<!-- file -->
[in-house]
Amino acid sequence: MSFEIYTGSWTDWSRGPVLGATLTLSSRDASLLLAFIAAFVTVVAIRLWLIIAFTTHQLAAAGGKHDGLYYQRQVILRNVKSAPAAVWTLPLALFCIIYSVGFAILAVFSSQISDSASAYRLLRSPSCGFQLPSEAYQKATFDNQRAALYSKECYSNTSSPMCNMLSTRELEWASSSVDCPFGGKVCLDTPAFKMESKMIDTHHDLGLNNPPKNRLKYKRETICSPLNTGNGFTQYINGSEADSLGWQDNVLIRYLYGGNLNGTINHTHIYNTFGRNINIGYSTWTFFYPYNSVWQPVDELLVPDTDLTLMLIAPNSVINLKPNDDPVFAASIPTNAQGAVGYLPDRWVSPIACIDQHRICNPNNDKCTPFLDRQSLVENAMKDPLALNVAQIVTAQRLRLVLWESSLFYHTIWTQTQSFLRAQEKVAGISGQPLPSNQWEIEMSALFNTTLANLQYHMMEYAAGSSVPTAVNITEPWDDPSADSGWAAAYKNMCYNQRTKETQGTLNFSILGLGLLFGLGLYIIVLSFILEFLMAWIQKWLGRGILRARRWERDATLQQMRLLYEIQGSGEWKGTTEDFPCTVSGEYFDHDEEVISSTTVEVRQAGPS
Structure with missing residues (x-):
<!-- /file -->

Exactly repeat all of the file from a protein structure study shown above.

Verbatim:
[in-house]
Amino acid sequence: MSFEIYTGSWTDWSRGPVLGATLTLSSRDASLLLAFIAAFVTVVAIRLWLIIAFTTHQLAAAGGKHDGLYYQRQVILRNVKSAPAAVWTLPLALFCIIYSVGFAILAVFSSQISDSASAYRLLRSPSCGFQLPSEAYQKATFDNQRAALYSKECYSNTSSPMCNMLSTRELEWASSSVDCPFGGKVCLDTPAFKMESKMIDTHHDLGLNNPPKNRLKYKRETICSPLNTGNGFTQYINGSEADSLGWQDNVLIRYLYGGNLNGTINHTHIYNTFGRNINIGYSTWTFFYPYNSVWQPVDELLVPDTDLTLMLIAPNSVINLKPNDDPVFAASIPTNAQGAVGYLPDRWVSPIACIDQHRICNPNNDKCTPFLDRQSLVENAMKDPLALNVAQIVTAQRLRLVLWESSLFYHTIWTQTQSFLRAQEKVAGISGQPLPSNQWEIEMSALFNTTLANLQYHMMEYAAGSSVPTAVNITEPWDDPSADSGWAAAYKNMCYNQRTKETQGTLNFSILGLGLLFGLGLYIIVLSFILEFLMAWIQKWLGRGILRARRWERDATLQQMRLLYEIQGSGEWKGTTEDFPCTVSGEYFDHDEEVISSTTVEVRQAGPS
Structure with missing residues (x-):